Coffee consumption and mental performance – Part 1Print this page 10 Jan 2013
Coffee and Health includes current scientific information on a wide range of coffee-related topics, including coffee consumption and mental performance. The following provides an overview of this topic – there is such a wealth of information on this topic that we have divided it into three parts.
It has long been understood that certain foods, and the nutrients they contain, can have subtle effects on mood and mental performance. The timing of meals, the type of food eaten and substances contained in those foods have all been, and continue to be, studied in the hope that we can help improve memory, alertness and mood etc.
Caffeine is well known for its stimulating effects, which have proven benefits for mental performance. Recently, the European Food Safety Authority (EFSA) evaluated substantial evidence on the effects of caffeine and mental performance, concluding that that there is sufficient evidence to support a cause and effect relationship for the effect of caffeine on concentration.
Caffeine improves visual attention
Numerous studies have investigated the effects of caffeine ingestion on visual attention. EFSA recently concluded that 75mg of caffeine increases both selective attention (defined as focussing on the relevant stimulus) and sustained attention (defined as maintenance of focused attention over an extended period of time). However higher caffeine intakes, such as those found in more than one or two cups of coffee, do not necessarily result in additional increases in alertness. It can be seen that a reduction in performance can occur with both under- and over-stimulation. The expectation of having consumed caffeine can also improve attention and psychomotor speed.
Caffeine improves reaction time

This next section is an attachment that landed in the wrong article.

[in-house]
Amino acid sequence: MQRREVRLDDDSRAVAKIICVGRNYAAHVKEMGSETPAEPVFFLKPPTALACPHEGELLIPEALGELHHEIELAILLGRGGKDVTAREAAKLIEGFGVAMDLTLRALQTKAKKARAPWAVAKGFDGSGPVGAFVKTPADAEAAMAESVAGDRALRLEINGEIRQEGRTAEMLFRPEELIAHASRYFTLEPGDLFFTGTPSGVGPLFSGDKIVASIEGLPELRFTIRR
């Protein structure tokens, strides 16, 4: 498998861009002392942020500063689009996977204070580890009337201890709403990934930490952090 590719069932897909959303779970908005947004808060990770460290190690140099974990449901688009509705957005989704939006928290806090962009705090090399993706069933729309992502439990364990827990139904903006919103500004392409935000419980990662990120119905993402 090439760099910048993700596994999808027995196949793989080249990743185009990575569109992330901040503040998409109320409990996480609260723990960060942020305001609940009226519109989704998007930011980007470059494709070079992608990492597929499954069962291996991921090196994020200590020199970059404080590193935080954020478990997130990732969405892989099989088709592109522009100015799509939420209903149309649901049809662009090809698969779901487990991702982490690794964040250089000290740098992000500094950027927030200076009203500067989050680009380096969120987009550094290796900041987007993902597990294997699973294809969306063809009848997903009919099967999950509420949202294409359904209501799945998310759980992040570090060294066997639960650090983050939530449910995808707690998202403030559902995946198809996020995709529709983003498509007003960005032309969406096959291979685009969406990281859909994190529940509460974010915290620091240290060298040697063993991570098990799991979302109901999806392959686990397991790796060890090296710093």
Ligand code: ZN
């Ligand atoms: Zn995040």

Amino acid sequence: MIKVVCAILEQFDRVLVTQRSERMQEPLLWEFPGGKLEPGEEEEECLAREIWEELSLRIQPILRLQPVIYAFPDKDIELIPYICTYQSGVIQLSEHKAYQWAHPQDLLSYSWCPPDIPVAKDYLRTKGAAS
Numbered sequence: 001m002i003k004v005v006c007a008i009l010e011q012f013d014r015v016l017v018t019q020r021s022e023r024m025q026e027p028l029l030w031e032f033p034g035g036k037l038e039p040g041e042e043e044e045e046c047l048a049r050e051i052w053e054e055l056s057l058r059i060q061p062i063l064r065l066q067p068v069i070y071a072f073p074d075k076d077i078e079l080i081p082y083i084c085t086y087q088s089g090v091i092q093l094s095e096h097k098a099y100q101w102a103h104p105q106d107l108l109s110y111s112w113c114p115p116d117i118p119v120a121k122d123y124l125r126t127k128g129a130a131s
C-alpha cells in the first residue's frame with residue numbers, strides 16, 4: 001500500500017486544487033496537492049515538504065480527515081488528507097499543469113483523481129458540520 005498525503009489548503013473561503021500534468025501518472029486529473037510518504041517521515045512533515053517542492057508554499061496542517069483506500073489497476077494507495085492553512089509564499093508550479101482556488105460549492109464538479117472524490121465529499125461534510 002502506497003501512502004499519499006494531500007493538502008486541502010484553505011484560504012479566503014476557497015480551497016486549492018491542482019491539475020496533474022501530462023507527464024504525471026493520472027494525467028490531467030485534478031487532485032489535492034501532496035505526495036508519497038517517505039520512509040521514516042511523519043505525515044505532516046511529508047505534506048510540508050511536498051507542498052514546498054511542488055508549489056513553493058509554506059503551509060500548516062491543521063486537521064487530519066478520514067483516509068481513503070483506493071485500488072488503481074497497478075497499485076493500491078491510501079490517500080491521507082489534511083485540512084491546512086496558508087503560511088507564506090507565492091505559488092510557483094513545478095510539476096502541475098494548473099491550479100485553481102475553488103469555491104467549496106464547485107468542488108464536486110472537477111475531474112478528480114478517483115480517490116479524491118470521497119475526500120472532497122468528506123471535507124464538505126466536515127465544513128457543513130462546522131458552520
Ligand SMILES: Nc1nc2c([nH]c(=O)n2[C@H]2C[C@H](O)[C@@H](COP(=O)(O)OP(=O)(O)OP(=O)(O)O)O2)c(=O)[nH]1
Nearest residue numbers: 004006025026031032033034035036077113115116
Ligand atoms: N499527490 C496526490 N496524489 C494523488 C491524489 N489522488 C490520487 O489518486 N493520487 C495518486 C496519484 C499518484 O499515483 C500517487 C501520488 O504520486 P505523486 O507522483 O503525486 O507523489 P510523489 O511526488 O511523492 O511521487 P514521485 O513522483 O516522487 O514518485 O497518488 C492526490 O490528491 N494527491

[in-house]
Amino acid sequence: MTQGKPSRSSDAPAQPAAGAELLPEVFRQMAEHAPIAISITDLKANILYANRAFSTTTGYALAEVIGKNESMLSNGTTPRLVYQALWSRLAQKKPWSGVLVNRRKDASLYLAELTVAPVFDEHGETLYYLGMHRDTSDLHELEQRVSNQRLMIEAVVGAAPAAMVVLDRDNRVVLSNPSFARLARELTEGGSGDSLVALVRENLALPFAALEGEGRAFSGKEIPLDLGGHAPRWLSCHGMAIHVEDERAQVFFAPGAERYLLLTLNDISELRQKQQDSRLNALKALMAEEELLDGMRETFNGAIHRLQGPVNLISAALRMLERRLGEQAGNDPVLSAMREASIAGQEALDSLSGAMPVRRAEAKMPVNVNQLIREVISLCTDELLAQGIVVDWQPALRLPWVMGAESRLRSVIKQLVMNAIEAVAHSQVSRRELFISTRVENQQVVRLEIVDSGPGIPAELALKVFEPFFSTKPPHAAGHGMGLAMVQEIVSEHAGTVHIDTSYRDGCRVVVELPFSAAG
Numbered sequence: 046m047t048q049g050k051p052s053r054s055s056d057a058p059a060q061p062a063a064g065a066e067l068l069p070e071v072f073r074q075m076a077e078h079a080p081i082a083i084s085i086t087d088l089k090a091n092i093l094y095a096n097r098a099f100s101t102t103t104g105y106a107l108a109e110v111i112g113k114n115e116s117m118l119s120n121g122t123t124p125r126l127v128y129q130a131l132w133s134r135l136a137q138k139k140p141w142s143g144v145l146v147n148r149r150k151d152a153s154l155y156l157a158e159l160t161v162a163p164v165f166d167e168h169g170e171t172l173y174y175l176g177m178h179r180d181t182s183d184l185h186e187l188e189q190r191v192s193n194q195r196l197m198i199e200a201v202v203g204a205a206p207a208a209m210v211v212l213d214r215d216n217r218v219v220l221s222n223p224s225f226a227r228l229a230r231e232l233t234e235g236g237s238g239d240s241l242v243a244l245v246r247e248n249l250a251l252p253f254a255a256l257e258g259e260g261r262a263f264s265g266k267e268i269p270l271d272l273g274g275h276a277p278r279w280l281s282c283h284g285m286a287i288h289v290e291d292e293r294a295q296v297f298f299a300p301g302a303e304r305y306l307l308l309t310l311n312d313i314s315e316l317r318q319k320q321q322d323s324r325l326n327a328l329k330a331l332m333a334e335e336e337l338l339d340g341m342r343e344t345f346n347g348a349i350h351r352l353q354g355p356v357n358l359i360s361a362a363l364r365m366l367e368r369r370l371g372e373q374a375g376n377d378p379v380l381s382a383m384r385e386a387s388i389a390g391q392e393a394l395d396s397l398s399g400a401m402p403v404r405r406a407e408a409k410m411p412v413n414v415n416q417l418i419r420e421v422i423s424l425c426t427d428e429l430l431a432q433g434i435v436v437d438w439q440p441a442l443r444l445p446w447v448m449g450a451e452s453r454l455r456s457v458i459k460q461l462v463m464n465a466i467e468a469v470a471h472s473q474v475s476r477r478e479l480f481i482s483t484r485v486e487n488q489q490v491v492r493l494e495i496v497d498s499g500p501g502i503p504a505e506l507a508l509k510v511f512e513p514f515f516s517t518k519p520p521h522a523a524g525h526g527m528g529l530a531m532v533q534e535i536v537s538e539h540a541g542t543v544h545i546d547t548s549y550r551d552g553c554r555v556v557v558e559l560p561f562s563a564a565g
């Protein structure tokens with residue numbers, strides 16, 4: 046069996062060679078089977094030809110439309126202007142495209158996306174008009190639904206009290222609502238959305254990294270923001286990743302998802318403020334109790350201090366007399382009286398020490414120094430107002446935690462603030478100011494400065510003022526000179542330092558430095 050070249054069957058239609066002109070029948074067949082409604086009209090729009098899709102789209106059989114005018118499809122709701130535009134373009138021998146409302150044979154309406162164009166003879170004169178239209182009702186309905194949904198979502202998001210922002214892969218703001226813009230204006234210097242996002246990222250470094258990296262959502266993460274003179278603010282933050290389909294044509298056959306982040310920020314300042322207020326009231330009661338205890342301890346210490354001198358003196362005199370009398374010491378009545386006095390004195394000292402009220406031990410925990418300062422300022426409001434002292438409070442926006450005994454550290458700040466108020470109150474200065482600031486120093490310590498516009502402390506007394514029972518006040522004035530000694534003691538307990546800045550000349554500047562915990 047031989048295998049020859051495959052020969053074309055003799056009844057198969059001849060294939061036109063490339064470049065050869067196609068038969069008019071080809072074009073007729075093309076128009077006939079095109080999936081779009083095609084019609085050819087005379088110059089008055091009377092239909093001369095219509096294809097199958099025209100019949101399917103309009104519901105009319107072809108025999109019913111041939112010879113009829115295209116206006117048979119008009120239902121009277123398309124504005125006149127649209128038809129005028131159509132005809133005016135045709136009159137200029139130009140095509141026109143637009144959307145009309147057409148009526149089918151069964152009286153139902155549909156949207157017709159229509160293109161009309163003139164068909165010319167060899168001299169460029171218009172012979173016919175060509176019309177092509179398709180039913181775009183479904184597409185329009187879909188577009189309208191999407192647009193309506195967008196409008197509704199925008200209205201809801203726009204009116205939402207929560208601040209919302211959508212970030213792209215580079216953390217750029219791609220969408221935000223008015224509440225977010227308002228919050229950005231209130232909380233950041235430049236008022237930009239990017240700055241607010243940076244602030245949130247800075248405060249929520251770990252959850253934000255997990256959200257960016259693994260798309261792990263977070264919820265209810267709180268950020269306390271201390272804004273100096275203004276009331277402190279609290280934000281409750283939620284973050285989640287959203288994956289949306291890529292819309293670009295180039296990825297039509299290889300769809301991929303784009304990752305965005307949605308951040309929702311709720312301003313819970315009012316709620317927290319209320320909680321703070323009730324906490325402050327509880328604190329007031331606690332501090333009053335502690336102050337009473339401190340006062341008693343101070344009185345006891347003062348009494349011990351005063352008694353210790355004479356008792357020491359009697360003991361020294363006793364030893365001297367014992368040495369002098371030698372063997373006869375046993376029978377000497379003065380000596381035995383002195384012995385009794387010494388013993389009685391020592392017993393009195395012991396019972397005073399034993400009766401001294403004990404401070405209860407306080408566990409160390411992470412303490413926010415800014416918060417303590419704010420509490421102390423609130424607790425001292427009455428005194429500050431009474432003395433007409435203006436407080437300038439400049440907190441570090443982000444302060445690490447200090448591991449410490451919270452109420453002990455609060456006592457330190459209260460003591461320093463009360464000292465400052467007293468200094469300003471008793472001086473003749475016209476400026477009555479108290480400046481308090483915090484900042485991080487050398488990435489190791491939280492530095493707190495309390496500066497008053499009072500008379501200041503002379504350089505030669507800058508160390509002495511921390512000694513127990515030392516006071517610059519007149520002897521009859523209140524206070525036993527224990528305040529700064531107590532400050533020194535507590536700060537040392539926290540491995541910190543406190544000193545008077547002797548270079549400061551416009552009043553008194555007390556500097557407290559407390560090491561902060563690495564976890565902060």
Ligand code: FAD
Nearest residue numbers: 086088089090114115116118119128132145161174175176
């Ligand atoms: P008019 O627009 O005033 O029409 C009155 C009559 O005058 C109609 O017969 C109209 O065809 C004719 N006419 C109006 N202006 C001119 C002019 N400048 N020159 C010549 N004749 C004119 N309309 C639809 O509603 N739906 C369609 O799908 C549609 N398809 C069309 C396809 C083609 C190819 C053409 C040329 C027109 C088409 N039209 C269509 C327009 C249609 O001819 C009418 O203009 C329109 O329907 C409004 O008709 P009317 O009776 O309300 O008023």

The positive effects of caffeine on reaction time have been studied extensively over the last decades. Experiments confirm the positive effects of caffeine on reaction time, however, caffeine appears to have no effect on the sense of time passing in an individual or the time it takes to produce something following a stimulus.
Caffeine improves alertness and safety during sleep deprivation
The effects of caffeine on alertness are most marked in situations where an individual’s alertness level is reduced, such as when suffering from the common cold, the post-lunch dip, or during night work.
During night work, caffeine has been shown to reduce cognitive failures and accidents by about 50% in subjects consuming over 220mg caffeine daily, i.e. the amount found in approximately two cups of coffee. Caffeine also reduces cognitive failures in the non-working population.
Caffeine is often consumed at awakening to increase alertness and fight sleep inertia which may interfere with the ability to perform mental or physical tasks. One of the reasons why caffeine-containing beverages are popular after awakening may be that caffeine can help overcome sleep inertia.
The efficacy of coffee versus napping on night-time highway driving has also been compared, finding that both drinking a strong coffee (classified as 125mL containing 200mg caffeine) and/or taking a short nap (15-30 minutes) are very effective at reducing driving impairment, with the improvement being greater when the two are combined.
This information is intended for Healthcare professional audiences.
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